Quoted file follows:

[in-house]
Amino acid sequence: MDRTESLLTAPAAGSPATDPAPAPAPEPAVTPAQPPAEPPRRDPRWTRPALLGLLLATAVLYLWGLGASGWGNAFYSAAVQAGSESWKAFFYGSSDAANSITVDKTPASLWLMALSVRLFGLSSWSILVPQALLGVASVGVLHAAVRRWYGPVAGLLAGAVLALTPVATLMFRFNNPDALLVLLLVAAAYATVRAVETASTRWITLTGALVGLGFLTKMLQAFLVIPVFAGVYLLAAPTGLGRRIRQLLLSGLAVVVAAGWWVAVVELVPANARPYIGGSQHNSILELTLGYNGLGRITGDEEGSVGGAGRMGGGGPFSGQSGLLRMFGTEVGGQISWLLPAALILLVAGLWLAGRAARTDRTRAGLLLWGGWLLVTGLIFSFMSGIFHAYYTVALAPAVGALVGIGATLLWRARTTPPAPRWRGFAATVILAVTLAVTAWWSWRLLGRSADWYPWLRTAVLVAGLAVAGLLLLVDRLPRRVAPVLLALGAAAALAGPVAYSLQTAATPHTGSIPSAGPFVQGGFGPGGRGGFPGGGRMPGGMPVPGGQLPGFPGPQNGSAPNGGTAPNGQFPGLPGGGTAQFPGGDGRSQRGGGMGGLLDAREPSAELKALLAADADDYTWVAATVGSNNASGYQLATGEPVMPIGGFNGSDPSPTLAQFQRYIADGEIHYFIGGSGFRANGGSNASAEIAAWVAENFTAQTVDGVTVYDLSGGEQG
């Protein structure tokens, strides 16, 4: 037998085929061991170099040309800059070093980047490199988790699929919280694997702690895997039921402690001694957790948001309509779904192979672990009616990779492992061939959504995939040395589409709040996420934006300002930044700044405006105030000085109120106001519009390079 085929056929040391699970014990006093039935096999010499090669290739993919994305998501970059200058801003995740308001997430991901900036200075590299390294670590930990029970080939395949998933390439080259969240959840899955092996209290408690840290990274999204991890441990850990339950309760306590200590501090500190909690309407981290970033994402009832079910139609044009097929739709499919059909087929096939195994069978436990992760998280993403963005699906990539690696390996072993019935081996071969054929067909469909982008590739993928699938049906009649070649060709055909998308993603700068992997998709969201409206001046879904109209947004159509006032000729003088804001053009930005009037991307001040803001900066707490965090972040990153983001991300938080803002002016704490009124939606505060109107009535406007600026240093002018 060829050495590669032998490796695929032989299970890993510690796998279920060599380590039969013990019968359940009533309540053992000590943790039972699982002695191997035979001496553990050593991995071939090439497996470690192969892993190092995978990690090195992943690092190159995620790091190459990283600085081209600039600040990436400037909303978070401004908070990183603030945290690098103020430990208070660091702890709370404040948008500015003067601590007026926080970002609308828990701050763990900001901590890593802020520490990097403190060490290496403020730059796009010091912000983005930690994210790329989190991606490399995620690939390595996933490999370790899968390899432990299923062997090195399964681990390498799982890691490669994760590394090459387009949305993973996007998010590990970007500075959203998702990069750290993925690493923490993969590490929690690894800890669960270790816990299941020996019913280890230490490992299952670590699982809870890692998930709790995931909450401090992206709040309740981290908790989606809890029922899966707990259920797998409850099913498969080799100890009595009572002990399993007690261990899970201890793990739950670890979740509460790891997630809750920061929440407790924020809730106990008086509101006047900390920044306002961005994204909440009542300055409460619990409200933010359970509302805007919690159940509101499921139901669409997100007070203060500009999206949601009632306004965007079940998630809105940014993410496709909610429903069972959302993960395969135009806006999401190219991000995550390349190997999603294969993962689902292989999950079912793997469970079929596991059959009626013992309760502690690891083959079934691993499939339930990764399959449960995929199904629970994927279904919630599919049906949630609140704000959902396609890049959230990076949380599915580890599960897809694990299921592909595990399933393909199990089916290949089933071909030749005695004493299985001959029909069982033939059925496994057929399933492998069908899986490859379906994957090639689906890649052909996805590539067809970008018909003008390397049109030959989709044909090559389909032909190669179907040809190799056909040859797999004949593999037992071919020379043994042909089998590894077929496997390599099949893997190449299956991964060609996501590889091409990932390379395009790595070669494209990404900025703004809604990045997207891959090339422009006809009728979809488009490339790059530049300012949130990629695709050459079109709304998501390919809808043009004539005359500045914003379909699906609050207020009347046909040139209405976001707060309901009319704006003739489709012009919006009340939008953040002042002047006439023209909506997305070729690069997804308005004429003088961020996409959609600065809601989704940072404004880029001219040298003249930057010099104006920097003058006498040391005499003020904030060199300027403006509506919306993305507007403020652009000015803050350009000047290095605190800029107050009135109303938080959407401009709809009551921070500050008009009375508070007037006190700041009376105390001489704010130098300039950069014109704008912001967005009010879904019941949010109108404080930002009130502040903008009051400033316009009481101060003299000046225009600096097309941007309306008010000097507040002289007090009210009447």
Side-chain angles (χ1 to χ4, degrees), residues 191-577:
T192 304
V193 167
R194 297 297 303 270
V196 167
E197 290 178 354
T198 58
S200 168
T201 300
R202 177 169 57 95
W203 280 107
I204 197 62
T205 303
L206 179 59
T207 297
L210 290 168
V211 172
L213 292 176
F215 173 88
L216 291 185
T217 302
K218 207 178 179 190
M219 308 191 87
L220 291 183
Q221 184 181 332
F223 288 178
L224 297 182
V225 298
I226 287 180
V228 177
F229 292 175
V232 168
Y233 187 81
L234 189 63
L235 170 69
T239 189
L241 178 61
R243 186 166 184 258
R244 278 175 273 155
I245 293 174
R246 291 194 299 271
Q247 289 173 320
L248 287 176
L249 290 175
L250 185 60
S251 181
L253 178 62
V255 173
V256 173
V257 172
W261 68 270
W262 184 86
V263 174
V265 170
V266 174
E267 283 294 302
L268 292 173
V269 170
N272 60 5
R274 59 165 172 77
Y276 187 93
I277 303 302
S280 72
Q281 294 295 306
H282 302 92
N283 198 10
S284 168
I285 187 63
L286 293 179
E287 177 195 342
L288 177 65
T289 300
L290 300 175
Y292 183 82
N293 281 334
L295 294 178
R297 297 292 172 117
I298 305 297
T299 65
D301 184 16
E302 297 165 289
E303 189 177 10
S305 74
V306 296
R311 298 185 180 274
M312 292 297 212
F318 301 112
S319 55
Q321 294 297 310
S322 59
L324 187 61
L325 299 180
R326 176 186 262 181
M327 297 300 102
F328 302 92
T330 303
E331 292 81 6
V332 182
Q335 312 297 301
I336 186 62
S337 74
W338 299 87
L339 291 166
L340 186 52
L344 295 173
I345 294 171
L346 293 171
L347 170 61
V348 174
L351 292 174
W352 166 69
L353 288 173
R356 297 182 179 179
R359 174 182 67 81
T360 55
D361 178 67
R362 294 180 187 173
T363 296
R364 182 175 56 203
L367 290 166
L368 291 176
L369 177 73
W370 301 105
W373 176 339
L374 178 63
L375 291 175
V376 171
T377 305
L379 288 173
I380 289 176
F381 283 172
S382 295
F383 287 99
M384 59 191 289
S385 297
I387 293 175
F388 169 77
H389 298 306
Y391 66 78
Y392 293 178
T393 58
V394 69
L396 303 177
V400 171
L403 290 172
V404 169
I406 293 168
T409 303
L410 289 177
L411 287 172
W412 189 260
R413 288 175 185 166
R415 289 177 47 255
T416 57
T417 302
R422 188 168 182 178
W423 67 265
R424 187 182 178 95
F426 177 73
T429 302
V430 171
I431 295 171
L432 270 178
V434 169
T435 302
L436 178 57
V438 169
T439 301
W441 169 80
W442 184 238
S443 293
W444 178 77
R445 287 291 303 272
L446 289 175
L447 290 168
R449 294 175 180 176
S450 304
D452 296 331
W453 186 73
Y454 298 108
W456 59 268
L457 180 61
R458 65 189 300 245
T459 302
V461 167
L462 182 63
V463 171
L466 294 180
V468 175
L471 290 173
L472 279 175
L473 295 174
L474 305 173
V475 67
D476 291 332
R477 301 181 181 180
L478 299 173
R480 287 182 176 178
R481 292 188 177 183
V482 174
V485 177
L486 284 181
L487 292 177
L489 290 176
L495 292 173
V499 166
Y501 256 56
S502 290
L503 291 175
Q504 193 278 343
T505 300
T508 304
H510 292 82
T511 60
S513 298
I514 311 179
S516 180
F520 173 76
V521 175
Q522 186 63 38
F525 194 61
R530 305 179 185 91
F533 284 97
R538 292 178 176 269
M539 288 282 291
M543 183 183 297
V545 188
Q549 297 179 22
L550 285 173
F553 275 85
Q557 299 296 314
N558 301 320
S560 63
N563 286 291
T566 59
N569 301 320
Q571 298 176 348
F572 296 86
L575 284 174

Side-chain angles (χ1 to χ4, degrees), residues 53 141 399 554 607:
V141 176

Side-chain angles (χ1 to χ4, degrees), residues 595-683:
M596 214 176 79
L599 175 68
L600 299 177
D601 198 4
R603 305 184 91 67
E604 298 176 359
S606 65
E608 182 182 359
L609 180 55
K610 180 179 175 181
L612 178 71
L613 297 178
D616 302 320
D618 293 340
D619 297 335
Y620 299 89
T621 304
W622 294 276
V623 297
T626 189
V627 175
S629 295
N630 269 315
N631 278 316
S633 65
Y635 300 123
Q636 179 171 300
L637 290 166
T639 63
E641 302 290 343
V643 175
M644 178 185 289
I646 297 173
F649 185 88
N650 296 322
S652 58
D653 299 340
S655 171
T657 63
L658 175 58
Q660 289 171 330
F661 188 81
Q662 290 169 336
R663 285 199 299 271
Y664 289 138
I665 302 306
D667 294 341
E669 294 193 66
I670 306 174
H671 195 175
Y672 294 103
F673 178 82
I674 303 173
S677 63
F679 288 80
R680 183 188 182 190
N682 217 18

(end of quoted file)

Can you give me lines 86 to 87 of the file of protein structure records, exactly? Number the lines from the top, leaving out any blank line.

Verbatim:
S305 74
V306 296